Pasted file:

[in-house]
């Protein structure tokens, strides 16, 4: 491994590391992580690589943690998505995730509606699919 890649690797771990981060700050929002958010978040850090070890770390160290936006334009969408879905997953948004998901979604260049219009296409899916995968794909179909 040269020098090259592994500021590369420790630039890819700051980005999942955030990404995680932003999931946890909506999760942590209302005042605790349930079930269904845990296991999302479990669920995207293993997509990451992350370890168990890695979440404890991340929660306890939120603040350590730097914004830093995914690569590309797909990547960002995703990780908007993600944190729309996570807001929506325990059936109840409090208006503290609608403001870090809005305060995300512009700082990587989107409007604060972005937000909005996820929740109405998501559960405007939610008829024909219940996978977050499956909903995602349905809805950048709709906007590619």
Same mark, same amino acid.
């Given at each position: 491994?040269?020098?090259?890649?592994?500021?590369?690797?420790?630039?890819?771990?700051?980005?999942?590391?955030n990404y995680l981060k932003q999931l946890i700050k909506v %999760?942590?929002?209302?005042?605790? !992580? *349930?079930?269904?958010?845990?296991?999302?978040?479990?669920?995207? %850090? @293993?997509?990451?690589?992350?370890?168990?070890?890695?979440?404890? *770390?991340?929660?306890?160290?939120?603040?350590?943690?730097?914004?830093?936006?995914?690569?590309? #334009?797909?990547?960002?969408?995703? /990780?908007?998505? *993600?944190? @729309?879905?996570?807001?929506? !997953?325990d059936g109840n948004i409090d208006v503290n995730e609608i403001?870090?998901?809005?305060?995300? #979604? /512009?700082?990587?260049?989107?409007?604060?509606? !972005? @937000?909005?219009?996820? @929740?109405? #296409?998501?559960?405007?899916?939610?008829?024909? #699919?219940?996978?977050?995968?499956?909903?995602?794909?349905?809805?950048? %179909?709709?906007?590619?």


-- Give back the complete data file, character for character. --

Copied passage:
[in-house]
């Protein structure tokens, strides 16, 4: 491994590391992580690589943690998505995730509606699919 890649690797771990981060700050929002958010978040850090070890770390160290936006334009969408879905997953948004998901979604260049219009296409899916995968794909179909 040269020098090259592994500021590369420790630039890819700051980005999942955030990404995680932003999931946890909506999760942590209302005042605790349930079930269904845990296991999302479990669920995207293993997509990451992350370890168990890695979440404890991340929660306890939120603040350590730097914004830093995914690569590309797909990547960002995703990780908007993600944190729309996570807001929506325990059936109840409090208006503290609608403001870090809005305060995300512009700082990587989107409007604060972005937000909005996820929740109405998501559960405007939610008829024909219940996978977050499956909903995602349905809805950048709709906007590619």
Same mark, same amino acid.
């Given at each position: 491994?040269?020098?090259?890649?592994?500021?590369?690797?420790?630039?890819?771990?700051?980005?999942?590391?955030n990404y995680l981060k932003q999931l946890i700050k909506v %999760?942590?929002?209302?005042?605790? !992580? *349930?079930?269904?958010?845990?296991?999302?978040?479990?669920?995207? %850090? @293993?997509?990451?690589?992350?370890?168990?070890?890695?979440?404890? *770390?991340?929660?306890?160290?939120?603040?350590?943690?730097?914004?830093?936006?995914?690569?590309? #334009?797909?990547?960002?969408?995703? /990780?908007?998505? *993600?944190? @729309?879905?996570?807001?929506? !997953?325990d059936g109840n948004i409090d208006v503290n995730e609608i403001?870090?998901?809005?305060?995300? #979604? /512009?700082?990587?260049?989107?409007?604060?509606? !972005? @937000?909005?219009?996820? @929740?109405? #296409?998501?559960?405007?899916?939610?008829?024909? #699919?219940?996978?977050?995968?499956?909903?995602?794909?349905?809805?950048? %179909?709709?906007?590619?």